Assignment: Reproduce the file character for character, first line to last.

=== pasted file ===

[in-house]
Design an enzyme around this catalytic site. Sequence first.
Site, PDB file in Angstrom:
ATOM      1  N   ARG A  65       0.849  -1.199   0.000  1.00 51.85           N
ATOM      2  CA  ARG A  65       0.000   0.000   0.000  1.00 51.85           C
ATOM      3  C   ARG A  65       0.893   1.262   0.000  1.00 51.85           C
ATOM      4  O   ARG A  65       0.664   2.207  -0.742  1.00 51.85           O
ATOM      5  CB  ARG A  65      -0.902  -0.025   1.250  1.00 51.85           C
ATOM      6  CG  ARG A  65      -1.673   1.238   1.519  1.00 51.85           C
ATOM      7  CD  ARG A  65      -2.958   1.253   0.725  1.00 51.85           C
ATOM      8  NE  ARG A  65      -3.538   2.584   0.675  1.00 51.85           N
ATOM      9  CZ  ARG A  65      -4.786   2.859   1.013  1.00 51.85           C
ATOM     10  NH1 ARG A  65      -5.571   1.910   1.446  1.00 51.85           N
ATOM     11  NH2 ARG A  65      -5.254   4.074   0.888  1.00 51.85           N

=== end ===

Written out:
[in-house]
Design an enzyme around this catalytic site. Sequence first.
Site, PDB file in Angstrom:
ATOM      1  N   ARG A  65       0.849  -1.199   0.000  1.00 51.85           N
ATOM      2  CA  ARG A  65       0.000   0.000   0.000  1.00 51.85           C
ATOM      3  C   ARG A  65       0.893   1.262   0.000  1.00 51.85           C
ATOM      4  O   ARG A  65       0.664   2.207  -0.742  1.00 51.85           O
ATOM      5  CB  ARG A  65      -0.902  -0.025   1.250  1.00 51.85           C
ATOM      6  CG  ARG A  65      -1.673   1.238   1.519  1.00 51.85           C
ATOM      7  CD  ARG A  65      -2.958   1.253   0.725  1.00 51.85           C
ATOM      8  NE  ARG A  65      -3.538   2.584   0.675  1.00 51.85           N
ATOM      9  CZ  ARG A  65      -4.786   2.859   1.013  1.00 51.85           C
ATOM     10  NH1 ARG A  65      -5.571   1.910   1.446  1.00 51.85           N
ATOM     11  NH2 ARG A  65      -5.254   4.074   0.888  1.00 51.85           N